The probability of developing an infection from touching surfaces in public buildings—even healthcare facilities—is about 80%, according to Charles Gerba, PhD, a microbiologist at the University of Arizona in Tucson.
“Every time you touch one of these surfaces, you are picking up 30% to 40% of the organisms on that surface,” Gerba explained, adding that adults then touch their faces about once every three to four minutes, and children do so more frequently, which is how they would become infected from a virulent virus.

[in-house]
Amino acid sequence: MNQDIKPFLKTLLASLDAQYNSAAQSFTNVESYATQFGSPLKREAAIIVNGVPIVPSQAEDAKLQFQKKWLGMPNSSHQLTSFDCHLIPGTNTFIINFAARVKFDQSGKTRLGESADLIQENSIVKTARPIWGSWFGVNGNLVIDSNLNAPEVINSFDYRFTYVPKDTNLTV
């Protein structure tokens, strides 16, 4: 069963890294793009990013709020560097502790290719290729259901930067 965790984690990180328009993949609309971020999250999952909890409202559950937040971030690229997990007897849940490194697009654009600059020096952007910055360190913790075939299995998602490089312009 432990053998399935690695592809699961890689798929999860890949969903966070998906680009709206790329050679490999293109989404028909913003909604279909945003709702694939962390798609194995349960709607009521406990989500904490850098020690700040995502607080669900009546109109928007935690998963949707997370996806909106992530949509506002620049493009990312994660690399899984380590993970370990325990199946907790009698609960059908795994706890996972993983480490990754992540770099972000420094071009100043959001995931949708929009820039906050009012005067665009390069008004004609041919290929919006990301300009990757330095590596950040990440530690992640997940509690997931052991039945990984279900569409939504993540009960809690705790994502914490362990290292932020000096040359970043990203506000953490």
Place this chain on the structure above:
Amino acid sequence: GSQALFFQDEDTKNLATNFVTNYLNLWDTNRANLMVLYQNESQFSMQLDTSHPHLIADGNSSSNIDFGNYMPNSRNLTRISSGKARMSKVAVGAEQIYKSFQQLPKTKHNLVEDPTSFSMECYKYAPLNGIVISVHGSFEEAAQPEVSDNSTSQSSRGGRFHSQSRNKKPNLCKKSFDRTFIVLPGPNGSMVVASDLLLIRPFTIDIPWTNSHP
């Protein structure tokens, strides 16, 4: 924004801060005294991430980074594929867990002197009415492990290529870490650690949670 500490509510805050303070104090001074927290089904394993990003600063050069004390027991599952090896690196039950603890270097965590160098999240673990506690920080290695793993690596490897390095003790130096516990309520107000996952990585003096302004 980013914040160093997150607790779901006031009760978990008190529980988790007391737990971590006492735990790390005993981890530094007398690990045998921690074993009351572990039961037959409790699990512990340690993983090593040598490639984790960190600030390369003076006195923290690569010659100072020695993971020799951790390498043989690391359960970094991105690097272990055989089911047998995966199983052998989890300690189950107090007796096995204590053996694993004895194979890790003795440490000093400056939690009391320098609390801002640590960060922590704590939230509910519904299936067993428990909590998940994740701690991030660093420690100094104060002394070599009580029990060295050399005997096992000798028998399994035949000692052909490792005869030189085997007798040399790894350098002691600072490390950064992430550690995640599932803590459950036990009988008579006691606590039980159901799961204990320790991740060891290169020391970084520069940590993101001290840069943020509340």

“We learned that the hand is quicker than the sneeze in the spread of disease,” Gerba said.
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